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Benefits and Risks of Spinal Surgery

Eight in 10 Americans will experience back or neck pain at some point in their lives, but finding the source of this pain remains key in returning people back to their normal activities. Spinal abnormalities fall into two categories: mechanical and neurological. Mechanical abnormalities, often caused by poor habits or health, place stress on the muscles of the vertebral column and are responsible for most back and neck pain. The goal of treating mechanical abnormalities is maximizing the health of the spine by stabilizing its biomechanical parts. Neurological abnormalities involve nerve root pain or injury, spinal cord compression, sciatica or tumors. Because the pain generator may not be obvious, the goal of diagnosing neurological abnormalities is to observe patterns of nerve damage by using peripheral nerve root blocks, facet blocks or discography.

Conservative management is initially attempted to relieve back or neck pain. This may include range-of-motion exercises, physical therapy, massage, medication, lumbar injections or nerve blocks. Spinal surgery is considered when people have failed these conservative approaches and cannot resume their normal lifestyle due to significant pain. 

Quality spine care and diagnostic techniques

People experiencing back and neck pain undergo a diagnostic work-up that includes a three-fold review of the overall history, physical exam results and radiologic studies. In most cases, an abnormal MRI is the most common diagnostic tool to indicate spinal surgery.

Depending on the diagnostic results, spinal surgery may be beneficial when a person has:

  • A treatable spinal abnormality
  • Failed reasonable efforts to treat the pain
  • An understanding of the goals and expectations of the surgery and postoperative care

Minimally invasive techniques allow for less pain and faster recovery time

If spinal surgery is indicated, minimally invasive (MI) techniques may be of benefit. Minimally invasive procedures require smaller incisions, which causes less damage to the surrounding tissue. This results in less hospital time (many of these procedures can be performed on an outpatient basis) and a faster recovery. A wide range of people can be considered candidates, as minimally invasive techniques may be indicated for people of all ages and degrees of overall health, including various factors such as weight and activity levels. Minimally invasive techniques are not appropriate for trauma situations or for idiopathic scoliosis, tumors or infections.

Minimally invasive techniques can be used for:

Minimally invasive discectomy: In this procedure, herniated disc material is removed to relieve pressure on spinal nerves. The herniated disc is accessed through a small (one-inch) incision. Because the surrounding muscles and tissues are stretched with dilators instead of cut, there is less pain and recovery time, and this may be performed as an outpatient procedure.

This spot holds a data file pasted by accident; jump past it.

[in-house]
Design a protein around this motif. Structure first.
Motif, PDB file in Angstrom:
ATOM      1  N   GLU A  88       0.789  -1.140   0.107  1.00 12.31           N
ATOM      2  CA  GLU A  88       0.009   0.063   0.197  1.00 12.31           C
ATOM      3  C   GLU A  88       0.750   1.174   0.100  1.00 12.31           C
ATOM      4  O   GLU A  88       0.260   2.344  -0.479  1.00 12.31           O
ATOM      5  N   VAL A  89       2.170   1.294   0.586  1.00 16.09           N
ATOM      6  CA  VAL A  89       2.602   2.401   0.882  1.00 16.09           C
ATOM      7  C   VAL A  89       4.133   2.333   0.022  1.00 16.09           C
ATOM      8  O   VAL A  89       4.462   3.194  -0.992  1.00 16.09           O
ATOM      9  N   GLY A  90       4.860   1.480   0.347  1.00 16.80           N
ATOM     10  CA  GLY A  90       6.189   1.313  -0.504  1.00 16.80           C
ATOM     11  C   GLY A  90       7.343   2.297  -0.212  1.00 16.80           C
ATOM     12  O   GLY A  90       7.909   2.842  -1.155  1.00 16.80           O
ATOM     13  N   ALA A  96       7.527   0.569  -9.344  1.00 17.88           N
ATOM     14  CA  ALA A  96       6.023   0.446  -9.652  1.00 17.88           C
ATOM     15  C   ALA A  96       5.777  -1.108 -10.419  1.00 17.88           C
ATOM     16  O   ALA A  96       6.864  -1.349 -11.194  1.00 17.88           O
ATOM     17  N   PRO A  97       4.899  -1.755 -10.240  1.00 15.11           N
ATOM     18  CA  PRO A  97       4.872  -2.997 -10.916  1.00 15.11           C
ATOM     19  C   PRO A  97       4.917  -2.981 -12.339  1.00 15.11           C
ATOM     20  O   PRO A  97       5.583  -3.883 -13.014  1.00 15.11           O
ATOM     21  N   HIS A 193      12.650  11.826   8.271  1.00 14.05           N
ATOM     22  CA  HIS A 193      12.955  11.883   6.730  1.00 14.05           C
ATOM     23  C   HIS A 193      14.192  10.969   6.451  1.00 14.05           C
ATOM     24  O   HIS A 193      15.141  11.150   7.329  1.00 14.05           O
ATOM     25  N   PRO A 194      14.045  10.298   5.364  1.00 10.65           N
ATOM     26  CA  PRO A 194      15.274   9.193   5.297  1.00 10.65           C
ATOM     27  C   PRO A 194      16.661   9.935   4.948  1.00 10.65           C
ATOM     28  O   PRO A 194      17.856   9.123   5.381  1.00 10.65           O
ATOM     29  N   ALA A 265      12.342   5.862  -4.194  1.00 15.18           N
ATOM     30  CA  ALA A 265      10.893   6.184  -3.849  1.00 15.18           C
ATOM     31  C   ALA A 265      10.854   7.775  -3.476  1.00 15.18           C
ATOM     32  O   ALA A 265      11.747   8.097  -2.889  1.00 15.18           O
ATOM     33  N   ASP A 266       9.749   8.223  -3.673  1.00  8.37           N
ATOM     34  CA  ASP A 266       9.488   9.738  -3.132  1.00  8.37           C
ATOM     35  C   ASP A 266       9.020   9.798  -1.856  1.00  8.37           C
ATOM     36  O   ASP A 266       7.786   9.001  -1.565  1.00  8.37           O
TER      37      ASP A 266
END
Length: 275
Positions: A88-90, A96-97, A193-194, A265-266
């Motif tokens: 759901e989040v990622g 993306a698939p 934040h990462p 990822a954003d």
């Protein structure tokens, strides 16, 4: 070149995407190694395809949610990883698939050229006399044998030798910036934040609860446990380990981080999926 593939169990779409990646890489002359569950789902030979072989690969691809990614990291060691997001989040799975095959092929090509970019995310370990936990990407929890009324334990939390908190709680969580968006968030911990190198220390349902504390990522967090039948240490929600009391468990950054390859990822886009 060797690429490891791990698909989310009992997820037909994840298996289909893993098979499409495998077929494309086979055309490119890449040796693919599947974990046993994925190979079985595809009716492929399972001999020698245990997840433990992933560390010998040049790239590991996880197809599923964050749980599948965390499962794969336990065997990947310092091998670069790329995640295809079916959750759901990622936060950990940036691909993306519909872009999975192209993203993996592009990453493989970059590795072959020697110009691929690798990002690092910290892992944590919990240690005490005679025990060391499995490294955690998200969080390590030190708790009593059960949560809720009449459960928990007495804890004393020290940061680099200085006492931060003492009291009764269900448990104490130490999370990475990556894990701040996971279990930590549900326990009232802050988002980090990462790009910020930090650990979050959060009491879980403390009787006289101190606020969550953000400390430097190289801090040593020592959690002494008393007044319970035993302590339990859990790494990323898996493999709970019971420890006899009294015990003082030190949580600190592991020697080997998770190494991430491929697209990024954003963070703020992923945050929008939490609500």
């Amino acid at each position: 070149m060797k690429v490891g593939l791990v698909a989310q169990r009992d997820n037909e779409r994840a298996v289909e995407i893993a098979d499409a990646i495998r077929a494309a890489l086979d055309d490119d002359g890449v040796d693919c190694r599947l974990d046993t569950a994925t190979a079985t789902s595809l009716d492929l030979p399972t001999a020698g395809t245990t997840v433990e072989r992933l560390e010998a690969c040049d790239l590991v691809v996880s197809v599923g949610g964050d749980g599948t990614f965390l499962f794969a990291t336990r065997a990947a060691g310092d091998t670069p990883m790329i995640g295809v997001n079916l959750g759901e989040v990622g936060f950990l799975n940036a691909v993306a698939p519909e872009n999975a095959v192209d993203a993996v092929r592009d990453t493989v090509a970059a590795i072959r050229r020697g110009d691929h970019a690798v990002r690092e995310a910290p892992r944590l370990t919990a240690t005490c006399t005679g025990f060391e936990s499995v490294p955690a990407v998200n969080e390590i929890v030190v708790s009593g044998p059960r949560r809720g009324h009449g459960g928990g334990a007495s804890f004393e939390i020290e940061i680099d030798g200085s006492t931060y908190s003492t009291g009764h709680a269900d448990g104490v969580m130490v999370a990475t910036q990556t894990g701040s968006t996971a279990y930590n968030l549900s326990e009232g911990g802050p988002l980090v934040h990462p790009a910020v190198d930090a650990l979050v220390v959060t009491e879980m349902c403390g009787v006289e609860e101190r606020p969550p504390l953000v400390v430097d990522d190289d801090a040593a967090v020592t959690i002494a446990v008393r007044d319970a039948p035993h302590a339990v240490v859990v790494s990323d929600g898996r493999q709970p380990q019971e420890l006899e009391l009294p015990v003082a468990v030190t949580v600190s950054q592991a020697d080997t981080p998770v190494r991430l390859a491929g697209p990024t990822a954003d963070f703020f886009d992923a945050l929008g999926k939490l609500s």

Minimally invasive spinal decompression and spinal fusion: Pressure on the spinal cord and nerve roots caused by bulging or collapsed discs can cause debilitating pain. In this procedure, pressure is relieved by removing the bone, bone spurs or ligaments that are pressing on the nerves. It may be necessary to also fuse the adjacent vertebra to eliminate friction and pain that may be caused by bone on bone rubbing.

Minimally invasive spinal laminectomy: Spinal stenosis, the narrowing of the spinal canal, is most common over the age of 50. This narrowing places pressure on the spinal canal and causes significant pain. With minimally invasive spinal laminectomy, a small incision is made to access the spine and remove pieces of bone to relieve pressure and eliminate pain.

Risks of spinal surgery

As with any surgery, there are general and specific risks associated with spinal surgery. General risks include possible complications with the heart, lungs, excessive bleeding or infection. The specific risks to spinal surgery include a feeling of numbness and tingling, or continued pain around the affected area of the spine. People undergoing a fusion surgery may experience a restricted range of motion or stiffening, hardware failure, or a failure to fuse. Spinal fusion may result in additional stress to the surrounding vertebrae, known as adjacent segment degeneration. This occurs in approximately 20 percent of patients, depending on various risk factors including the patient’s overall health, age, weight, and activity level.

Returning to full activity

With any spinal surgery, a postoperative regimen is critical to the success of the procedure. People may have some limitations or restrictions, such as avoiding frequent bending or twisting at the waist and lifting heavy objects. Shortly after surgery, people begin a physical therapy and exercise program to achieve rapid recovery and strength. Core stabilization, stretching and muscle conditioning are beneficial to recovery and long-term health. The ultimate goal of the procedure is for the person to return to his or her normal activities, free from the restrictive burden of back and neck pain.